You have the arts and the entertainment culture, the technology sector, you have Dell computers that has been there for a very long time, and now, Tesla, that is moving into town, real estate in Austin has skyrocketed in price, and the culture of Austin has changed remarkably and Austin intends to change the culture of Texas. And that's the big issue we need to consider. Yes, you have an exodus of people from California to Texas. But in one sense, they are bringing their California with them. They are bringing their California worldview, they are bringing their leftist politics, they are bringing their moral progressivism as they would style it, they are bringing their California voting patterns to Texas. And eventually, it will be a trend that will affect not only Austin and the larger Austin area, but will affect the entire state of Texas.

This is something that is both learned by and demonstrated by the State of Virginia. Virginia, in terms of its Northern suburbs, very close to Washington, D.C., is largely recession proof because the government's going to keep on spending. You have an entire economy based upon government spending, whether it be the military or, for that matter, just about anything connected to the government, it's going to be recession proof because the government is going to pay its own people, its own bills, it's going to continue to grow. But what we have seen is that Virginia has changed from a reliably red state to what is now really a reliably blue state. You had people saying that Virginia was turning purple but if it turned purple, it was basically only for a matter of hours.

The general voting pattern in Virginia, especially in national elections, is now blue. And that's not because you had Virginians changing their mind. It's because you had people coming from outside Virginia who moved to Virginia. And in one sense, what has taken place around Washington D.C. in the Northern Virginia suburbs is very much akin to the developments in Silicon Valley. So, you have Silicon Valley voting patterns in Virginia. Now, will Texas turn as blue as Virginia? That remains to be seen. And of course, even in a state like Virginia, you can have a genuinely competitive gubernatorial election going on right now. We'll be looking at that in future additions of The Briefing. But in the State of Texas, you are looking at the slow transformation of that state. No one knows exactly what Texas is going to look like in the future, but we do know this as much as Texas, even many Conservative Texans are going to be crowing about Elon Musk and Tesla moving to Texas.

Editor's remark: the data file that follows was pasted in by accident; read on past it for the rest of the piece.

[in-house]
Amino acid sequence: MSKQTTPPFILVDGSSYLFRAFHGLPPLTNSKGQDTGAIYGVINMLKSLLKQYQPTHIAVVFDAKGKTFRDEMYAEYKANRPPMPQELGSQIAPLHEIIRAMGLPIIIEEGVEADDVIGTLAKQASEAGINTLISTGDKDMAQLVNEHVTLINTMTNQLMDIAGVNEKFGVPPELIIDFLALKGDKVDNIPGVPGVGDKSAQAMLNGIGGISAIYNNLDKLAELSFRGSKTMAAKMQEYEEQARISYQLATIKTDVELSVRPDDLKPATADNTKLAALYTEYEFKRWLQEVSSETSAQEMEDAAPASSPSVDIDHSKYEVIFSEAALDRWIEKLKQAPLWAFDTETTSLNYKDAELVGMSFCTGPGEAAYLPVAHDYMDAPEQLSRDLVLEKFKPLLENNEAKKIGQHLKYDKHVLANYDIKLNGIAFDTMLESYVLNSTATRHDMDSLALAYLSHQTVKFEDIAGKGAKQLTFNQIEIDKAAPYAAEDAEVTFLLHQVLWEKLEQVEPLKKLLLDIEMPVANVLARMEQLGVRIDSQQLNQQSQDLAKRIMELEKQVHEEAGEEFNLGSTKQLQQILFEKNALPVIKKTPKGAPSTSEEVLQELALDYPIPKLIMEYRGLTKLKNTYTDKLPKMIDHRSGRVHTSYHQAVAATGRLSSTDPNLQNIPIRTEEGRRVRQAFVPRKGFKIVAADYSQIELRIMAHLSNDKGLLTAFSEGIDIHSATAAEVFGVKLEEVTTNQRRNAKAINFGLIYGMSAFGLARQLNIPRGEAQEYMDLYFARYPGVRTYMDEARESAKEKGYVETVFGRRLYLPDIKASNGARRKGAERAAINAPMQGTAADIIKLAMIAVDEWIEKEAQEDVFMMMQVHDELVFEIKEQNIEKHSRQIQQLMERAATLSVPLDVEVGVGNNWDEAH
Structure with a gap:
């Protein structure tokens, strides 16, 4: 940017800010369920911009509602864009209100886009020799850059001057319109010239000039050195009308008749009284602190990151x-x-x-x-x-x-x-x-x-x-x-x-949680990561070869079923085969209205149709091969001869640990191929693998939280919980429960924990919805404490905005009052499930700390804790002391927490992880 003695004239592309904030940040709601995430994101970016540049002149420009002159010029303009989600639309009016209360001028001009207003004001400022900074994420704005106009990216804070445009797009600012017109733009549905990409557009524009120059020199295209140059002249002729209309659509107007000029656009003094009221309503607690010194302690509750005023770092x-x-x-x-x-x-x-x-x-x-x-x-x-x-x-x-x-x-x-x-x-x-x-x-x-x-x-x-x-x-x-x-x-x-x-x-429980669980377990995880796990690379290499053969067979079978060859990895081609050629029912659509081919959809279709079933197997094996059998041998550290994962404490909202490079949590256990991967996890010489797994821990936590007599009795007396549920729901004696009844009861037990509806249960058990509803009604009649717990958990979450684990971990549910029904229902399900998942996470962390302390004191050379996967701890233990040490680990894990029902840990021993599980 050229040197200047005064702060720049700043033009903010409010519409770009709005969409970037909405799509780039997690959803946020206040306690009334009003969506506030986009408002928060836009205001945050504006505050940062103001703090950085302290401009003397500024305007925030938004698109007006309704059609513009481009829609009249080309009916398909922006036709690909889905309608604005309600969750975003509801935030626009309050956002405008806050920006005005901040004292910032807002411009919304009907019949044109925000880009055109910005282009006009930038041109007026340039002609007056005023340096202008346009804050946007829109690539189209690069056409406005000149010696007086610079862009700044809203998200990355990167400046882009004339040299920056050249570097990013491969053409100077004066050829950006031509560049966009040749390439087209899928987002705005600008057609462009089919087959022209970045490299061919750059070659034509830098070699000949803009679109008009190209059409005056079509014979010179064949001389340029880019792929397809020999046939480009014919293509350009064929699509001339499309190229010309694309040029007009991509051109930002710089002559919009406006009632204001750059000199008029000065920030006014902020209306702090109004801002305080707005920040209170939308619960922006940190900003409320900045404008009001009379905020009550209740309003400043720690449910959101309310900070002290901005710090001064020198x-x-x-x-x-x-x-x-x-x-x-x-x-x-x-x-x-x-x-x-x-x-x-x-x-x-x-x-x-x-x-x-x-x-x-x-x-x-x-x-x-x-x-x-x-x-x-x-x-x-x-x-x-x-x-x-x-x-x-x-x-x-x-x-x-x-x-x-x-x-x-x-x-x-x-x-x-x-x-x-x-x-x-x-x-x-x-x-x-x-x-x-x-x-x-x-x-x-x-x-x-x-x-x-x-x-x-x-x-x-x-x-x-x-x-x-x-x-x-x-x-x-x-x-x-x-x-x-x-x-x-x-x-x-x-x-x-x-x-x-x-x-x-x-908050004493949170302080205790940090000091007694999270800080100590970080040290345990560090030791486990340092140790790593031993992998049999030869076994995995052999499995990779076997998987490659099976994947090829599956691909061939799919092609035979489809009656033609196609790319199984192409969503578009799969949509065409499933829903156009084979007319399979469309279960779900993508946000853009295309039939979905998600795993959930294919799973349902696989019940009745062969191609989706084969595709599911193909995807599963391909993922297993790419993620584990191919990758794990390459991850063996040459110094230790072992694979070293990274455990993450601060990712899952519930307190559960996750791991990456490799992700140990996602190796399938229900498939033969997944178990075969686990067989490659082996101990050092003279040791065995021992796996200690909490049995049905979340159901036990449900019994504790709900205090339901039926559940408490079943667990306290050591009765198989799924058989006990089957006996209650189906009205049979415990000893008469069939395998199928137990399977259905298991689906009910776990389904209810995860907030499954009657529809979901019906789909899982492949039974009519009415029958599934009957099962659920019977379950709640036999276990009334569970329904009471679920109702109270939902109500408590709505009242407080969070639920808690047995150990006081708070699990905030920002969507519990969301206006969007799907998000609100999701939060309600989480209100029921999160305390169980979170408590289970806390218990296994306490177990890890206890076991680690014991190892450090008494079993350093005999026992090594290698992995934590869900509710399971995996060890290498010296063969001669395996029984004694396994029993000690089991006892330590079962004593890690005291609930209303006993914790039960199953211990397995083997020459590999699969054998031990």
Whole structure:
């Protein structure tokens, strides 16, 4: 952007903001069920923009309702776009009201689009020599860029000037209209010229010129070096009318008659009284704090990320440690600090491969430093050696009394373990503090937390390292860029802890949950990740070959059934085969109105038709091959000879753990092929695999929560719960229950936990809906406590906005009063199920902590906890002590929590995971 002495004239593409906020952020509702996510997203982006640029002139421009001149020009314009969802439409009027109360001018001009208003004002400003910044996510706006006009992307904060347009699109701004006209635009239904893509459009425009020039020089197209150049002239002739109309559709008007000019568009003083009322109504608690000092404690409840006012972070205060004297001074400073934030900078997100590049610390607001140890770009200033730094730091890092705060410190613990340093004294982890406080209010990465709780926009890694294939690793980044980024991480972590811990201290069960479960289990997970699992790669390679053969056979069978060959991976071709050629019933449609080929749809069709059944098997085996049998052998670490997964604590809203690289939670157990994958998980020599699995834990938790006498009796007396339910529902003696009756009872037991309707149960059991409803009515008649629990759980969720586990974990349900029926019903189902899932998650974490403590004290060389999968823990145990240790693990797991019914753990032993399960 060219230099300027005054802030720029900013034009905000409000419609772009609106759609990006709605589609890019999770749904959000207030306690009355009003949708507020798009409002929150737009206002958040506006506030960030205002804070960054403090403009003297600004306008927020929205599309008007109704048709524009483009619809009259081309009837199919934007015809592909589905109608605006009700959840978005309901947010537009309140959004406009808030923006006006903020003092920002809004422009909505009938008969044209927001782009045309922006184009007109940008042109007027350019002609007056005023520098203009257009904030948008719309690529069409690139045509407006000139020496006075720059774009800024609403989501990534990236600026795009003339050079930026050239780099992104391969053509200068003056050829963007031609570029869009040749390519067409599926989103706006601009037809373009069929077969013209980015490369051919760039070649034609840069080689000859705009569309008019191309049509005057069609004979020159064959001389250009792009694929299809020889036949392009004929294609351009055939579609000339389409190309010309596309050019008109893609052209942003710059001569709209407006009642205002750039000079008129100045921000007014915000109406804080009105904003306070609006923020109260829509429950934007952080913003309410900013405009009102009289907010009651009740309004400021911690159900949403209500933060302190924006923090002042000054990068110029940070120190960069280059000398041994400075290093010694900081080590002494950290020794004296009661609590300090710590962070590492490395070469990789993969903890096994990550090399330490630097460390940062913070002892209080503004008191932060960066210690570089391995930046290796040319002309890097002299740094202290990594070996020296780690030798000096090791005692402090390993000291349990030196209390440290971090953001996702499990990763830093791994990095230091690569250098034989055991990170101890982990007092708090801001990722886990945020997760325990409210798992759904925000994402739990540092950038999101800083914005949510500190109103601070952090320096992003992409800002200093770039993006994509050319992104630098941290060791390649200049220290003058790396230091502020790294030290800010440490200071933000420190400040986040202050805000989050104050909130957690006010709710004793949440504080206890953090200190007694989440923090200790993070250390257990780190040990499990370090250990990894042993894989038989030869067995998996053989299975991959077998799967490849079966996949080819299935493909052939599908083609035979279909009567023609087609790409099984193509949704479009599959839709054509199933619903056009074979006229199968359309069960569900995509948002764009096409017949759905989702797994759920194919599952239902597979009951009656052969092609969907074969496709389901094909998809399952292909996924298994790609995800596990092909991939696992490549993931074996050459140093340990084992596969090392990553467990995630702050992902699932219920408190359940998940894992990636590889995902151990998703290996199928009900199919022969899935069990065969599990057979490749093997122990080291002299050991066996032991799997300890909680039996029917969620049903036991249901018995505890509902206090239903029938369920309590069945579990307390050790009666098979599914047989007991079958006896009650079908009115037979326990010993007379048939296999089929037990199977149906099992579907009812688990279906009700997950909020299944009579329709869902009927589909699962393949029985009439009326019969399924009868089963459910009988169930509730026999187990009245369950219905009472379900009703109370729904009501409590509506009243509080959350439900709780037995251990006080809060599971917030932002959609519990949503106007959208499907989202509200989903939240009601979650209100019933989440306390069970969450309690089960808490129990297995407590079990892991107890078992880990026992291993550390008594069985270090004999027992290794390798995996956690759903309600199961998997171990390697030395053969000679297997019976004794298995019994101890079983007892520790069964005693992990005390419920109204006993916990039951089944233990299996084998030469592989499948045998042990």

There may be many conservatives in Texas who will not be so pleased when all those people from California bring their California voting patterns with them.

Part

How Should Christians Think of Global Tax Policy As International Agreement Claims to Raise Corporate Tax Rate?

But other economic news also comes with big worldview issues attached. Consider the story that broke just as we were going into the weekend about an international agreement to set a minimum corporate tax rate of 15%. The Wall Street Journal, you could expect the journal would give very close attention to this story, over the weekend, it ran a headline, "Global Corporate Tax Clears Hurdle." The article's by Paul Hannon and Richard Rubin. The article begins with these words, "A global agreement to set a minimum 15% corporate tax rate cleared its last major hurdle Thursday after Ireland, a low-tax country that is the European headquarters for some of the largest U.S. tech companies, said it would join the overhaul effort."

We are then told, "The change in Irish policy comes ahead of a Friday meeting of 140 governments and jurisdictions that have for years been negotiating a way of taxing international companies to limit tax avoidance and divide tax revenue in a way they say is fairer. The group seems likely to give its backing to a final agreement that would aim for implementation in 2023." Now, we are told that Ireland was one of the last countries that was a holdout, saying it was not ready to go along with this agreement. Now, why would Ireland be in that position? Why wouldn't Ireland's government want more tax money from American and other international corporations? Well, the reality is that Ireland became what was known as one of the Celtic Tigers, that is with a fast growing economy, largely because it offered low tax rates to corporations and thus corporations began to move their headquarters there or at least their European headquarters there.